Happy 40th, Monty Python! (And Now, For Something Completely Different)

A word or two was often all it took,
Just “Crunchy frog?” or “Dinsdale!” and we’re off;
Skits, recited like our holy book–
“Nudge, nudge, wink, wink”, or Anne Elk’s nervous cough.
The parrot sketch; a cheese-shop free of cheese,
Mrs. Premise’s chat with Mrs. Conclusion;
Michael Baldwin’s name–which means, if he’s
Not Bruce, that’s going to cause a little confusion.
“Albatross!” “What’s brown and sounds like a bell?”
The stirring song of Eric the Half a Bee
Deleted scenes, with Satan up from Hell
And crucifixion not for us to see.
You’ve influenced us more than you may know:
Happy Birthday, Monty Python show!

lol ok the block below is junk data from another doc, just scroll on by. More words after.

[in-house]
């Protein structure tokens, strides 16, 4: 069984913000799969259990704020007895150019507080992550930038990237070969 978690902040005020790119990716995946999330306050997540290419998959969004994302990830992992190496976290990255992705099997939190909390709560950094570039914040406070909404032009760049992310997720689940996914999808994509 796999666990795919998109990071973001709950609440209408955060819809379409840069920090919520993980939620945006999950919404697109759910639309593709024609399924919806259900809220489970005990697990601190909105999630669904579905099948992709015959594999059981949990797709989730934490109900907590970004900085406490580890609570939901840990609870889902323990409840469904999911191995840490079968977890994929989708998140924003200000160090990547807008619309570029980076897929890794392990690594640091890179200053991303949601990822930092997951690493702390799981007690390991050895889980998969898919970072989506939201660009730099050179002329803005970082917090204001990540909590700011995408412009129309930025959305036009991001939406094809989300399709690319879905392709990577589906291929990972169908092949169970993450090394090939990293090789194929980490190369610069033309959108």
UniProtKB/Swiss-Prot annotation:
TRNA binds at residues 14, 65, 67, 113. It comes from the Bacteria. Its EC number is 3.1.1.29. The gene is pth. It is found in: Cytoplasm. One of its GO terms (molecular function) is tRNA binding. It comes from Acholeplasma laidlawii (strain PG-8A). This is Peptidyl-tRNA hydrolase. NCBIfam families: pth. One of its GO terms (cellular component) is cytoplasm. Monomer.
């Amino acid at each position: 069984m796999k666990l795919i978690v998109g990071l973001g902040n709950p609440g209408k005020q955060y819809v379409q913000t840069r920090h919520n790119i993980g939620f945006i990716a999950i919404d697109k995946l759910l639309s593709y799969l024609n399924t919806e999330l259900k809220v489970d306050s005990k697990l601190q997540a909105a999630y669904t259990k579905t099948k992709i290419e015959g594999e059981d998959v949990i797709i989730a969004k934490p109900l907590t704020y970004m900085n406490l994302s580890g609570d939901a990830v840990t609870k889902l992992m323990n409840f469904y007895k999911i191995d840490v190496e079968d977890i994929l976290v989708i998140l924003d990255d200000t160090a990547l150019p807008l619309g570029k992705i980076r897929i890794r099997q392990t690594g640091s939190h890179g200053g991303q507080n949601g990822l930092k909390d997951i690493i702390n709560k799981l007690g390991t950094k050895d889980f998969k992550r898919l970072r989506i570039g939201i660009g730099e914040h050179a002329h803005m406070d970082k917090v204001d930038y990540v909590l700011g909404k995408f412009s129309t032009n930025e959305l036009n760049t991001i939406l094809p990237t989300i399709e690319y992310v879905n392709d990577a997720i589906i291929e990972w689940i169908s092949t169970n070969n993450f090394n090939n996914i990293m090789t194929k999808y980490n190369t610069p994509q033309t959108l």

Oct. 5, 1969–Monty Python’s Flying Circus premiers. BBC story.

For your one-stop shopping, the Monty Python YouTube Channel. Revel in it.


Ode To Bulgarian Beer

I’ve enjoyed a tasty pizza
With a glass of Kamenitza
In a restaurant on Shipka street, one perfect summer night.
I have had a friend uncork a
Giant bottle of Zagorka
As we argued over politics (we both, of course, were right).
I’ve found arguments intense go
So much better with Shumensko
So I asked my local grocer “can I special-order beer?”
When I told him what I wanted,
Had my fantasies confronted
With the tragic information: “No, you cannot get that here.”


I’m was looking, strictly for educational purposes, to find a place I can buy Bulgarian beer. I know, it won’t be the same here in the US, but over there it was wonderful stuff. At the “O Shipka!” restaurant on Shipka street, it was perfect. At Boyan’s apartment, it was perfect. At Veliko Tournovo, shared with new friends while preparing to watch the light show, it was perfect. In Bourgas. In Plovdiv. It helped that we were near the breweries, and it was always fresh. It helped that it was summer. It helped that we were with friends. But still, it was damned good beer. And I can’t get any here.